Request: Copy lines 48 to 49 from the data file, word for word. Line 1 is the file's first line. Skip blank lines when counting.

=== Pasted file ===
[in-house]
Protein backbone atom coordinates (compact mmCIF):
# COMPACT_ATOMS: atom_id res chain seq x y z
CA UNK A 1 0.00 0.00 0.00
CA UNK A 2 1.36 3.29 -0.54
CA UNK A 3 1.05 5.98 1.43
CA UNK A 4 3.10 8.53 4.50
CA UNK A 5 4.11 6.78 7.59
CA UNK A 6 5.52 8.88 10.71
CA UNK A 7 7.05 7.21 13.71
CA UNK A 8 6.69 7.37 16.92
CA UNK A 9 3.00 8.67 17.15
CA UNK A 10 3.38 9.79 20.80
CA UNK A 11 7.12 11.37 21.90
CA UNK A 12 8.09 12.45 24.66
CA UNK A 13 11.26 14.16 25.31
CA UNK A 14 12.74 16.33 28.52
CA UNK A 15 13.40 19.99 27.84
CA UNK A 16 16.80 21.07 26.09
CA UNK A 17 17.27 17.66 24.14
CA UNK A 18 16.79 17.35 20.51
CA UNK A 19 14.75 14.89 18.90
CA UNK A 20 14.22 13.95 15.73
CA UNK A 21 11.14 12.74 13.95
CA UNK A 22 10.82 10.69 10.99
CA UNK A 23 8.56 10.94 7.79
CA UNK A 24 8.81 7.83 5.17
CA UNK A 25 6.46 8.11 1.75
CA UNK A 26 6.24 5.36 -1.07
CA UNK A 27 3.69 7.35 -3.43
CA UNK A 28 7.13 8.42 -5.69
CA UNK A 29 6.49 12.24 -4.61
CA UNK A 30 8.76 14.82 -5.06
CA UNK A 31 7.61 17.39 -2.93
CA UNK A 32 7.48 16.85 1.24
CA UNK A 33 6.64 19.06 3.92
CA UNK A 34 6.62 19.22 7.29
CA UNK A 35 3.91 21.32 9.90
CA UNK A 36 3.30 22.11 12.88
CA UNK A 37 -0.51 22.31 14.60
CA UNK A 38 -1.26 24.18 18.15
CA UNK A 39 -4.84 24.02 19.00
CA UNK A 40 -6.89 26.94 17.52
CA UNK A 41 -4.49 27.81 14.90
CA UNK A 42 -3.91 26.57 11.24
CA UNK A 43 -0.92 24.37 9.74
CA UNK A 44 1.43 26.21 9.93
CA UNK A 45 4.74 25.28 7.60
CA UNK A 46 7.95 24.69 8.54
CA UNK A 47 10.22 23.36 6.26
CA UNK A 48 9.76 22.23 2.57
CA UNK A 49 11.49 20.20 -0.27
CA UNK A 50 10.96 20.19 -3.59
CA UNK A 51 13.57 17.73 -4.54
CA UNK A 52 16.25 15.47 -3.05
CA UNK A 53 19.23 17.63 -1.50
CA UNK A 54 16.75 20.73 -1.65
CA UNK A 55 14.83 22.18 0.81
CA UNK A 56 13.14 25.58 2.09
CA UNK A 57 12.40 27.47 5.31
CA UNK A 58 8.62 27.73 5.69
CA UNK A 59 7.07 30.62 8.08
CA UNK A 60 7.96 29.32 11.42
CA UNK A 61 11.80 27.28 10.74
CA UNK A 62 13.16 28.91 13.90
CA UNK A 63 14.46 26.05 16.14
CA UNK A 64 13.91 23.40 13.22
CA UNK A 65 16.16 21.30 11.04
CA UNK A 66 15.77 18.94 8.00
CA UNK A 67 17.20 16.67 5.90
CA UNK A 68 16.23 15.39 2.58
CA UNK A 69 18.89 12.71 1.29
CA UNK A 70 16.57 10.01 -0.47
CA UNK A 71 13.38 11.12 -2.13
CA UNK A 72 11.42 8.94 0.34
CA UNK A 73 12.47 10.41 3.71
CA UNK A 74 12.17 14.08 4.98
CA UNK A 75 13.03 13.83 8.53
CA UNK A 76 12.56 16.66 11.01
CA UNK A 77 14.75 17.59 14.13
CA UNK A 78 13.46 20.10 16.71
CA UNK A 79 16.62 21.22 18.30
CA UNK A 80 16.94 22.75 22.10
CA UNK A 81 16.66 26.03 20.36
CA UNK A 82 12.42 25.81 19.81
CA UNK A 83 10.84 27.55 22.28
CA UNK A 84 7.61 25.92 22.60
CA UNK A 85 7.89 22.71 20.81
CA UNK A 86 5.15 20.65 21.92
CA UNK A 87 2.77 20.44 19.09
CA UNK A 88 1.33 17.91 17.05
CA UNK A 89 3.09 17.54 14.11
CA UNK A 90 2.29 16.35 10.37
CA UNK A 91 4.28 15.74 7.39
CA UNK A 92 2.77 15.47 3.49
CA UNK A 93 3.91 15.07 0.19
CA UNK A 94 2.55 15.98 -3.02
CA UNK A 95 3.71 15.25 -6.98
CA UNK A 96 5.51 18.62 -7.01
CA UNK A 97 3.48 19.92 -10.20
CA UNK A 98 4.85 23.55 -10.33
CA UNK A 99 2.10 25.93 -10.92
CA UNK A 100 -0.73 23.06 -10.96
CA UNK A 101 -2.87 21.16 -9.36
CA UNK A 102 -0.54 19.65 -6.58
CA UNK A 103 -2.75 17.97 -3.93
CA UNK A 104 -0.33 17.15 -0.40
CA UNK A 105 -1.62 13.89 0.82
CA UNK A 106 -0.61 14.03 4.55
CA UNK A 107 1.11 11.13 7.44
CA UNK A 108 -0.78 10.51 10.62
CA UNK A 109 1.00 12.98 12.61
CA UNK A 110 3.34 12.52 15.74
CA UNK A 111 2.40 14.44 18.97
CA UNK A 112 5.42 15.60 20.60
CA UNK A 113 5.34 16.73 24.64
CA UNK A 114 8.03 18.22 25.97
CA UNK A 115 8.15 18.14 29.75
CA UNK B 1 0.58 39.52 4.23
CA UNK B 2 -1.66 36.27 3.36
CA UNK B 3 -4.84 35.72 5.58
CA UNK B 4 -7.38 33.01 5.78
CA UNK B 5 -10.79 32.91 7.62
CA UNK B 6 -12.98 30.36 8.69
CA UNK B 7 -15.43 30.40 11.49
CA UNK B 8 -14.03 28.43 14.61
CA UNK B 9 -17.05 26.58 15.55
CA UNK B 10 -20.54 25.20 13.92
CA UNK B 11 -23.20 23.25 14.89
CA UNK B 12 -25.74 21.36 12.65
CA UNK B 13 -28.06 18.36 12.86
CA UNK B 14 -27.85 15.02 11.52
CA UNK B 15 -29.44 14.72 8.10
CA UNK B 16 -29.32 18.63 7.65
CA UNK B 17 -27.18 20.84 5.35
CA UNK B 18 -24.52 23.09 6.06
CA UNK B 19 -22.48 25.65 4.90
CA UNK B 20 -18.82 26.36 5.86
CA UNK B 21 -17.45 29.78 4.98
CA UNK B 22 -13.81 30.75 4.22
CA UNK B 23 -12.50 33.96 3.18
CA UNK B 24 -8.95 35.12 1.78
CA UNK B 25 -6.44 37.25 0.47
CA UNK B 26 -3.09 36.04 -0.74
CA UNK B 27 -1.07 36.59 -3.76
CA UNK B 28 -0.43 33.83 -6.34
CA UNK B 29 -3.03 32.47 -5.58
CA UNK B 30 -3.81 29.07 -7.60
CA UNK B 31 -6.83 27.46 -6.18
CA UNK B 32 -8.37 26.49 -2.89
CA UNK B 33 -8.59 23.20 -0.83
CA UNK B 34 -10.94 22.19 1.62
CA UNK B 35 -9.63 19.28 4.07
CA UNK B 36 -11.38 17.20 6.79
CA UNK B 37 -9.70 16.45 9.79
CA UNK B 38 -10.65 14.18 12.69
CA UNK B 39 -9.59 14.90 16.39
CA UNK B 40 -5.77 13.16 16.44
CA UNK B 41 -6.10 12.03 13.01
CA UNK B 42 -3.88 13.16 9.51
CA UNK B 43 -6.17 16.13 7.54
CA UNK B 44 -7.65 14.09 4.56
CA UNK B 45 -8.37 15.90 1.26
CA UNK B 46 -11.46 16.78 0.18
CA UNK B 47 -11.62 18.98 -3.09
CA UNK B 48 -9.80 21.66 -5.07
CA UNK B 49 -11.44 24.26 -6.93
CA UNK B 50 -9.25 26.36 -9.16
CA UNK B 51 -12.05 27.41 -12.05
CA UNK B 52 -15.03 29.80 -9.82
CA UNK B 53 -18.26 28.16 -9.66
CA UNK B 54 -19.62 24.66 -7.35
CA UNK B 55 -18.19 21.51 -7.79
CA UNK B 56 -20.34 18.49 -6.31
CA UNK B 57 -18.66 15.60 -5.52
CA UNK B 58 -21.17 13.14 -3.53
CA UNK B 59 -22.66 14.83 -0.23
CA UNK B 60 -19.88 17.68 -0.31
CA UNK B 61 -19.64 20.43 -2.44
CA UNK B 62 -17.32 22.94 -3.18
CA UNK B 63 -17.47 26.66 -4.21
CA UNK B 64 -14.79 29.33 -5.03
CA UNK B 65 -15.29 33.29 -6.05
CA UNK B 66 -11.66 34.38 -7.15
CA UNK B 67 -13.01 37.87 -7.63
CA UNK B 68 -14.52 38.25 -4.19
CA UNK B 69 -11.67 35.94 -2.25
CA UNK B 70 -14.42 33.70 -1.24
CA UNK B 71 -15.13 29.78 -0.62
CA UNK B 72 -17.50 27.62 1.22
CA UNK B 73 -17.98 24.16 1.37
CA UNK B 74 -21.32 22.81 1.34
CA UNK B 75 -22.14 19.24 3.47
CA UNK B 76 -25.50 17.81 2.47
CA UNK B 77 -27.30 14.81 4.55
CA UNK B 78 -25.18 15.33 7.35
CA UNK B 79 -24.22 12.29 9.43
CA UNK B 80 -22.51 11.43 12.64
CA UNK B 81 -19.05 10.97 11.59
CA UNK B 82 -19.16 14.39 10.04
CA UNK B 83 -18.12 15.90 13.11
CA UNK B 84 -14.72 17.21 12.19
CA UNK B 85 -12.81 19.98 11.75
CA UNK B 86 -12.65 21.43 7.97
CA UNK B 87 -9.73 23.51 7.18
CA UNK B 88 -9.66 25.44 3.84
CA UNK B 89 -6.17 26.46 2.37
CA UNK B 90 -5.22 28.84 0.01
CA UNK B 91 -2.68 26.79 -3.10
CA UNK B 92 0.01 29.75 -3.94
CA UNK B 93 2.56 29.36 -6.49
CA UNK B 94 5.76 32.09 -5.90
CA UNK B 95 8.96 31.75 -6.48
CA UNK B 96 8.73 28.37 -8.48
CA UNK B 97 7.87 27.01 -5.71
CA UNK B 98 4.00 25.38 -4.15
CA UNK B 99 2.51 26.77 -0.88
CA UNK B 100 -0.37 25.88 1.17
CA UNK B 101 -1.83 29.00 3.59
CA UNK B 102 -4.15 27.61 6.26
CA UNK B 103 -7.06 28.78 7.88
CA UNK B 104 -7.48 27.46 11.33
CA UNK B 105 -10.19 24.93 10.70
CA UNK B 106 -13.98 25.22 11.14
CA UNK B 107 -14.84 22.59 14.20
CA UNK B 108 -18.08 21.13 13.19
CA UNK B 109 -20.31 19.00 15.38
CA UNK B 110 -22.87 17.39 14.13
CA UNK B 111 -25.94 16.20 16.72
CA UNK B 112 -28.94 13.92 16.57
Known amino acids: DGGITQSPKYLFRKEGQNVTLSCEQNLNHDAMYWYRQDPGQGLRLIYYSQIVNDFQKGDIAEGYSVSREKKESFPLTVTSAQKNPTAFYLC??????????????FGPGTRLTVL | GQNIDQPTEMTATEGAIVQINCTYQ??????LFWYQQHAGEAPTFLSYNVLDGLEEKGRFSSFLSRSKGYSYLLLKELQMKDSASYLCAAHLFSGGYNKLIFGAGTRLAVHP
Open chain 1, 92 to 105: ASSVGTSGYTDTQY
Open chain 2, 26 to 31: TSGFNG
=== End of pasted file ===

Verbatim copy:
CA UNK A 45 4.74 25.28 7.60
CA UNK A 46 7.95 24.69 8.54